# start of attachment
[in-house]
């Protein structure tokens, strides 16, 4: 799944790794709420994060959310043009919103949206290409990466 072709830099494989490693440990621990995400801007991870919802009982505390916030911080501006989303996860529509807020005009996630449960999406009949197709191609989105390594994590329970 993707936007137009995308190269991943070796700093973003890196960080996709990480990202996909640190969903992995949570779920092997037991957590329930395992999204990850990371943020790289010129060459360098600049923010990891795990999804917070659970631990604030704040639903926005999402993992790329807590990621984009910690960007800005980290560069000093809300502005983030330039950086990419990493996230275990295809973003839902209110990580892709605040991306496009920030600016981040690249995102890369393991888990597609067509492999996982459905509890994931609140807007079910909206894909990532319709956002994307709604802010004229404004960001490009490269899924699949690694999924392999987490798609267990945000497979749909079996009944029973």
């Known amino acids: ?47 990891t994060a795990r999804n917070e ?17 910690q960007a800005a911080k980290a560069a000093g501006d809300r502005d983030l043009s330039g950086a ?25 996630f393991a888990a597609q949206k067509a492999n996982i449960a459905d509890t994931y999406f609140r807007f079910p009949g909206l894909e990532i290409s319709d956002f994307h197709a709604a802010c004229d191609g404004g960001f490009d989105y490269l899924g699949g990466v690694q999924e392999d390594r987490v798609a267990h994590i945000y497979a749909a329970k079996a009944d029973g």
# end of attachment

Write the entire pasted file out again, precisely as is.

[in-house]
């Protein structure tokens, strides 16, 4: 799944790794709420994060959310043009919103949206290409990466 072709830099494989490693440990621990995400801007991870919802009982505390916030911080501006989303996860529509807020005009996630449960999406009949197709191609989105390594994590329970 993707936007137009995308190269991943070796700093973003890196960080996709990480990202996909640190969903992995949570779920092997037991957590329930395992999204990850990371943020790289010129060459360098600049923010990891795990999804917070659970631990604030704040639903926005999402993992790329807590990621984009910690960007800005980290560069000093809300502005983030330039950086990419990493996230275990295809973003839902209110990580892709605040991306496009920030600016981040690249995102890369393991888990597609067509492999996982459905509890994931609140807007079910909206894909990532319709956002994307709604802010004229404004960001490009490269899924699949690694999924392999987490798609267990945000497979749909079996009944029973």
């Known amino acids: ?47 990891t994060a795990r999804n917070e ?17 910690q960007a800005a911080k980290a560069a000093g501006d809300r502005d983030l043009s330039g950086a ?25 996630f393991a888990a597609q949206k067509a492999n996982i449960a459905d509890t994931y999406f609140r807007f079910p009949g909206l894909e990532i290409s319709d956002f994307h197709a709604a802010c004229d191609g404004g960001f490009d989105y490269l899924g699949g990466v690694q999924e392999d390594r987490v798609a267990h994590i945000y497979a749909a329970k079996a009944d029973g």